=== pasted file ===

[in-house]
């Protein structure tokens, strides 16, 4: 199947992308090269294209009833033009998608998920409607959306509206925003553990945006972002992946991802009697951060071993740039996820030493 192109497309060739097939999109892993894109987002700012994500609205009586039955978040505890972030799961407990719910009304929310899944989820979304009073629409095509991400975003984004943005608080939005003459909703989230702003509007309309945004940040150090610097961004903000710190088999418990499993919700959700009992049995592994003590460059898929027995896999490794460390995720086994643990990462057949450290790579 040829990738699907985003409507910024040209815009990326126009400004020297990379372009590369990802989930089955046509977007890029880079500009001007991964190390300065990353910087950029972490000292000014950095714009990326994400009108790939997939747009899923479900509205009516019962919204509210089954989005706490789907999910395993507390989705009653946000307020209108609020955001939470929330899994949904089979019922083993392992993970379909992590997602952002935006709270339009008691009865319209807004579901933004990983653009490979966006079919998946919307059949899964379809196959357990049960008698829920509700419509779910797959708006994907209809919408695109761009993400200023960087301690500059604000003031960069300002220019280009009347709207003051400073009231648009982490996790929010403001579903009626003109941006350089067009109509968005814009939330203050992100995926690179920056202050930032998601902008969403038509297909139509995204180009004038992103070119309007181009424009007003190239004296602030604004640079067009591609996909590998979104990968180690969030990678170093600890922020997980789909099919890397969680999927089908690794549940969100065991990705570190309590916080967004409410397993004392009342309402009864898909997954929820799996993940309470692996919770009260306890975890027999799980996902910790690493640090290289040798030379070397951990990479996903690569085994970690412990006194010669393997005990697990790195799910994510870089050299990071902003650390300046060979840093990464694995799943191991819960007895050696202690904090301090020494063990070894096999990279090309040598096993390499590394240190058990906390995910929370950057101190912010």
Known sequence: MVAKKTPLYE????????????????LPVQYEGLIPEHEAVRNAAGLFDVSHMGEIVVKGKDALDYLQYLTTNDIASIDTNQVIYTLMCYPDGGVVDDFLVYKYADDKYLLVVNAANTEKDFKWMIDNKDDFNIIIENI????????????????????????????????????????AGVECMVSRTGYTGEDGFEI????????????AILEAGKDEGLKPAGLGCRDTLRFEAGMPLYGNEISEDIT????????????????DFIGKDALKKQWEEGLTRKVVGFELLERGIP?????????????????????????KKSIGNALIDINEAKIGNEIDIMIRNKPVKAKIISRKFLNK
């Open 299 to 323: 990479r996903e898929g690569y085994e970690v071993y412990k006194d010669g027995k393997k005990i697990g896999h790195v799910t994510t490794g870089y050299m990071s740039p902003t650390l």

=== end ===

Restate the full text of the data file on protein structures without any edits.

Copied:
[in-house]
């Protein structure tokens, strides 16, 4: 199947992308090269294209009833033009998608998920409607959306509206925003553990945006972002992946991802009697951060071993740039996820030493 192109497309060739097939999109892993894109987002700012994500609205009586039955978040505890972030799961407990719910009304929310899944989820979304009073629409095509991400975003984004943005608080939005003459909703989230702003509007309309945004940040150090610097961004903000710190088999418990499993919700959700009992049995592994003590460059898929027995896999490794460390995720086994643990990462057949450290790579 040829990738699907985003409507910024040209815009990326126009400004020297990379372009590369990802989930089955046509977007890029880079500009001007991964190390300065990353910087950029972490000292000014950095714009990326994400009108790939997939747009899923479900509205009516019962919204509210089954989005706490789907999910395993507390989705009653946000307020209108609020955001939470929330899994949904089979019922083993392992993970379909992590997602952002935006709270339009008691009865319209807004579901933004990983653009490979966006079919998946919307059949899964379809196959357990049960008698829920509700419509779910797959708006994907209809919408695109761009993400200023960087301690500059604000003031960069300002220019280009009347709207003051400073009231648009982490996790929010403001579903009626003109941006350089067009109509968005814009939330203050992100995926690179920056202050930032998601902008969403038509297909139509995204180009004038992103070119309007181009424009007003190239004296602030604004640079067009591609996909590998979104990968180690969030990678170093600890922020997980789909099919890397969680999927089908690794549940969100065991990705570190309590916080967004409410397993004392009342309402009864898909997954929820799996993940309470692996919770009260306890975890027999799980996902910790690493640090290289040798030379070397951990990479996903690569085994970690412990006194010669393997005990697990790195799910994510870089050299990071902003650390300046060979840093990464694995799943191991819960007895050696202690904090301090020494063990070894096999990279090309040598096993390499590394240190058990906390995910929370950057101190912010």
Known sequence: MVAKKTPLYE????????????????LPVQYEGLIPEHEAVRNAAGLFDVSHMGEIVVKGKDALDYLQYLTTNDIASIDTNQVIYTLMCYPDGGVVDDFLVYKYADDKYLLVVNAANTEKDFKWMIDNKDDFNIIIENI????????????????????????????????????????AGVECMVSRTGYTGEDGFEI????????????AILEAGKDEGLKPAGLGCRDTLRFEAGMPLYGNEISEDIT????????????????DFIGKDALKKQWEEGLTRKVVGFELLERGIP?????????????????????????KKSIGNALIDINEAKIGNEIDIMIRNKPVKAKIISRKFLNK
């Open 299 to 323: 990479r996903e898929g690569y085994e970690v071993y412990k006194d010669g027995k393997k005990i697990g896999h790195v799910t994510t490794g870089y050299m990071s740039p902003t650390l």